The 26-acre Isabella Furnace complex in West Nantmeal Township, Chester County, is an incredibly well-preserved remnant of the region’s iron and steel heritage. In addition to several historic buildings—some of which have been converted to a private residence—the property includes 18 acres of forest bisected by Perkins Run. The woodlands and floodplain of Isabella Furnace are now permanently protected through a conservation easement with Natural Lands.  

A stone wall in a natural setting with the words "Isabella Furnace 1835" on it.

Photo by Robyn Jeney

The original charcoal iron furnace was built in 1835 and went out of blast in 1894, the last furnace in Chester County to operate. In 1973, Daniel and Patricia Lieberman purchased the 26-acre property and began restoration of many of its structures. They also converted two attached buildings—the crusher house and the charging house—into a private residence. Ted and Debby Flint purchased the property in 1986 and continued its stewardship. In 1991, much of the complex was added to the National Register of Historic Places. 

When Ted Flint passed away in 2016, his wife Debby began to explore options to preserve the unique site and its natural resources. Ultimately, she decided to place most of the property under conservation easement, which is a legally binding agreement that permanently limits a property’s use for all present and future owners of the land. 

Debby Flint spoke of the property’s unique attributes, a place she has called home for 36 years. “The land we’ve preserved is a beautiful combination of floodplain and rocky hillside. Perkins Run, which runs through the property, is clear and fresh. The stream is what remains of an old, 10-acre lake that once supplied power to the furnace, so the area is a significant part of the history of the furnace.” She added, “Our area is experiencing rapid growth and I felt the property must be preserved from development.” 

Indeed, according to the Chester County Planning Commission, an estimated 46,000 new residents are anticipated by 2045—a population increase of 30 percent. This influx of people brings increased demands on housing and other services, including schools, roads, and police and fire protection.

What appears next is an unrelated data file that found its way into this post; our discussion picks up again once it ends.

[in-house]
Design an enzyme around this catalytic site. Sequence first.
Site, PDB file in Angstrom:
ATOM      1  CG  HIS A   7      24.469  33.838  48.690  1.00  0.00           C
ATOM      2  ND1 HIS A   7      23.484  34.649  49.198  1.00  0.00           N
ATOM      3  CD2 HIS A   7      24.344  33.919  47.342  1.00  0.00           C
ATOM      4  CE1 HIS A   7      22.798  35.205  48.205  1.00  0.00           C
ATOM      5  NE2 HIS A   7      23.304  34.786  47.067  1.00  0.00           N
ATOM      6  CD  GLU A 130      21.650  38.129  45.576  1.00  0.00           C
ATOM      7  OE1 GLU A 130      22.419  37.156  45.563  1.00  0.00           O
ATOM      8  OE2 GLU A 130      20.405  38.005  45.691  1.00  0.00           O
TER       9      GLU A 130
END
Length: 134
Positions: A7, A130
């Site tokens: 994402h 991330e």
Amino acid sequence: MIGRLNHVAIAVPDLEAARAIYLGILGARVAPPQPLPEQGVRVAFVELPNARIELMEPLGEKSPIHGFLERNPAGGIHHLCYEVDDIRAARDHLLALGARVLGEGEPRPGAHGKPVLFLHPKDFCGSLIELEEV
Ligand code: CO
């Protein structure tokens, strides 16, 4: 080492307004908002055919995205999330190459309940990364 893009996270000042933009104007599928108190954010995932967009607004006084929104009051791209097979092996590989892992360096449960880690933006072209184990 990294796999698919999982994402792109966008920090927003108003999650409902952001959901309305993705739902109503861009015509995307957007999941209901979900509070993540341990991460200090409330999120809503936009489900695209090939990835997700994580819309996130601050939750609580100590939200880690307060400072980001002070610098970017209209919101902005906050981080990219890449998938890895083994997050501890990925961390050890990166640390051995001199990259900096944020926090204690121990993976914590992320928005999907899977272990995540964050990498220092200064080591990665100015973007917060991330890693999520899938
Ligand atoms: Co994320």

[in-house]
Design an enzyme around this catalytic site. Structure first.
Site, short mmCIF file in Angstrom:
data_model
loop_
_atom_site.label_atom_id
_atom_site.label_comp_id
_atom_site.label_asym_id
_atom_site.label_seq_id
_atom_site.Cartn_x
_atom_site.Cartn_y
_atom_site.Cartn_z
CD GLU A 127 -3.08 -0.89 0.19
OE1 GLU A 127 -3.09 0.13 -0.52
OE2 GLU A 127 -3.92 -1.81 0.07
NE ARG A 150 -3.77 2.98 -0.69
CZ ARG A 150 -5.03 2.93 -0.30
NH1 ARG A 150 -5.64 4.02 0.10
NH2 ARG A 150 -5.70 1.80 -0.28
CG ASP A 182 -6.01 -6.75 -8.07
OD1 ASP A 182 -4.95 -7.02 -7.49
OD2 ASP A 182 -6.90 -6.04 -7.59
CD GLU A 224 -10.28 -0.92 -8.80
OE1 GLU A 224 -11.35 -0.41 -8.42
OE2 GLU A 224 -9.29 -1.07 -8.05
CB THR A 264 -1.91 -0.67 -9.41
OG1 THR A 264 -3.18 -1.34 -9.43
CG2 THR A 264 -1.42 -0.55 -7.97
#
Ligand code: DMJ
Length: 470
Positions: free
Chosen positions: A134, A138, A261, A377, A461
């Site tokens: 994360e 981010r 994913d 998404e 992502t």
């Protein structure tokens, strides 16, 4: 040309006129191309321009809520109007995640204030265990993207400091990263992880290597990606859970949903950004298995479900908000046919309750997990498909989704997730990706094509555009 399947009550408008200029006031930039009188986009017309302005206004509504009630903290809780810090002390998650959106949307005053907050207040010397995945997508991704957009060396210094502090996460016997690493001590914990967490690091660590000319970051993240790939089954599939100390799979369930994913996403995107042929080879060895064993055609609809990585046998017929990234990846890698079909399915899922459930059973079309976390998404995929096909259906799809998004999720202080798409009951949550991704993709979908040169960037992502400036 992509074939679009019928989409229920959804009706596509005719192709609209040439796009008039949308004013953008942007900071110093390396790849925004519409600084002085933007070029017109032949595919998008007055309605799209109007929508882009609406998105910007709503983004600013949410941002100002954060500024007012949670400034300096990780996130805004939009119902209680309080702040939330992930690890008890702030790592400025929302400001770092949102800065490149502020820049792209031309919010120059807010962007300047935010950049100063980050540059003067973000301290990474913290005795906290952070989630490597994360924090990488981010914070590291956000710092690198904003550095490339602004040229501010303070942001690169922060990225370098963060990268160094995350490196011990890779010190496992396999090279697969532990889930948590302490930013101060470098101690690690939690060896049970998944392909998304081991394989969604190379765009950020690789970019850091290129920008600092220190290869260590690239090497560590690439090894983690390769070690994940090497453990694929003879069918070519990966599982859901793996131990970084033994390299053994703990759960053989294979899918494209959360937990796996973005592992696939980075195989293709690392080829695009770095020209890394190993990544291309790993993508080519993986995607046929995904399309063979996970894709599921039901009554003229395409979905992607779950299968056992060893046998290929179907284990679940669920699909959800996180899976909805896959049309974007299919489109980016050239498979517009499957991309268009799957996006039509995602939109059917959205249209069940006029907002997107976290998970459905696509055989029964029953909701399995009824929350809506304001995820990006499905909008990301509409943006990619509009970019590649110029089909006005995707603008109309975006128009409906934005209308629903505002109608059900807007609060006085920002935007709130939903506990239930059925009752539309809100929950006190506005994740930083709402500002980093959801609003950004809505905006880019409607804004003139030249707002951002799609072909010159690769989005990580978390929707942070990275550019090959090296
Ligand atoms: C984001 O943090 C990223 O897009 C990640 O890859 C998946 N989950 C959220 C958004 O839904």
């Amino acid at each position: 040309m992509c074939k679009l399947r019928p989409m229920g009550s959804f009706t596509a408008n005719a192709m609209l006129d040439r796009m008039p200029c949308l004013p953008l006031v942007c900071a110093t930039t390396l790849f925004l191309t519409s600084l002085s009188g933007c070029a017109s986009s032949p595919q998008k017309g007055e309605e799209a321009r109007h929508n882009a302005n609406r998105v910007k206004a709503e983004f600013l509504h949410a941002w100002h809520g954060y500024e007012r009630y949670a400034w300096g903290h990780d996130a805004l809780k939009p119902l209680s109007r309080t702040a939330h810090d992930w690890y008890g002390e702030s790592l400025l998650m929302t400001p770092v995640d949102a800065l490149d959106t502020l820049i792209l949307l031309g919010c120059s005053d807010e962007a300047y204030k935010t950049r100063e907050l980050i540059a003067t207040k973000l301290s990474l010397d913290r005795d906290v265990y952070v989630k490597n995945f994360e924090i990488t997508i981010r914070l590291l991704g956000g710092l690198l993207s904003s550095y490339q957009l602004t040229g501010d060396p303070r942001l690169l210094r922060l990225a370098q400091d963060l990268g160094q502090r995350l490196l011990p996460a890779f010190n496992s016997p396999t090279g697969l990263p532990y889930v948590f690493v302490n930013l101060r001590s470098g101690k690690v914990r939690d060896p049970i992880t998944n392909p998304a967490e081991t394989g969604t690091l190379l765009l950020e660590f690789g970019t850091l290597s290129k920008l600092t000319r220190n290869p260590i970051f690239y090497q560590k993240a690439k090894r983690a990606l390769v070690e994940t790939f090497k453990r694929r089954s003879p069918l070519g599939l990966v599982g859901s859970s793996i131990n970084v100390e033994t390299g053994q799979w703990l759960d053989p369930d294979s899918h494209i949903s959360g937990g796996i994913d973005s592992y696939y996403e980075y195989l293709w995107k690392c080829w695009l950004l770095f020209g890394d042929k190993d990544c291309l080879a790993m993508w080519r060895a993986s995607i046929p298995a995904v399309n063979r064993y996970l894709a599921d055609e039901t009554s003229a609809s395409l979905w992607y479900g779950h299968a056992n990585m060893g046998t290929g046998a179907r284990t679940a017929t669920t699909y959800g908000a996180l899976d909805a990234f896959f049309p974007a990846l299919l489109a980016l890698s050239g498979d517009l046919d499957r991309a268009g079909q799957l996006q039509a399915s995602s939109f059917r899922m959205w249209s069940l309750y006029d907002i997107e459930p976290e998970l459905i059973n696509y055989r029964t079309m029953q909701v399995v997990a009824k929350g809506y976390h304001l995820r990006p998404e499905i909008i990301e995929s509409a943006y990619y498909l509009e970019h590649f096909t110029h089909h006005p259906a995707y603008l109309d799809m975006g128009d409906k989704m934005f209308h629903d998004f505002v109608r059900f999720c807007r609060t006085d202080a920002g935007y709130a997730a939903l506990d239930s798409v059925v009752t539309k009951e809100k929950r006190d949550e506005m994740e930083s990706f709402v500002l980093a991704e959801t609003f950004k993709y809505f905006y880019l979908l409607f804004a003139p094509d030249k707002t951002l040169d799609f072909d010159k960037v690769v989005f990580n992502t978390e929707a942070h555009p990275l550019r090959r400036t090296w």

A stream runs through a green woods on the Flint property.

Photo by Megan Boatright

Development often means the destruction of forests that offer essential climate mitigation services like storing carbon, cooling the atmosphere, soaking up floodwaters after heavy rainfall, filtering drinking water, absorbing carbon dioxide, and generating oxygen. Woodlands also provide essential habitat for insects, birds, and other wildlife. 

“We are grateful to Debby Flint and the other partners who helped fund this conservation project,” said Oliver Bass, president of Natural Lands. “The acres of forest in her care will now be protected forever. Those trees are working for all of us, every day, even if we can’t always see it.” 

Debby Flint donated the value of the conservation easement and additional funds to support its perpetual monitoring and enforcement. Additional funds came from the Conservancy Grant Program – Commissioners of Chester County, PA; the Virginia Cretella Mars Foundation; and WeConservePA. 

Commenting on the County’s partnership on this conservation project, Chester County Commissioners Marian Moskowitz, Josh Maxwell, and Michelle Kichline said, “Preservation of land can often overlap with preservation of our historic resources, and this project is a perfect example of that. Preserving acreage and, at the same time, our heritage doubly contributes to our county’s quality of life, enhancing our economy, and maintaining our character. We thank Debby Flint and Natural Lands for their appreciation of this and their contributions to conserving the Isabella Furnace complex.” 



Natural Lands is dedicated to preserving and nurturing nature’s wonders while creating opportunities for joy and discovery in the outdoors for everyone. As the Greater Philadelphia region’s oldest and largest land conservation organization, Natural Lands—which is member supported—has preserved more than 125,000 acres, including 42 nature preserves and one public garden totaling more than 23,000 acres. Nearly five million people live within five miles of land under the organization’s protection. Land for life, nature for all.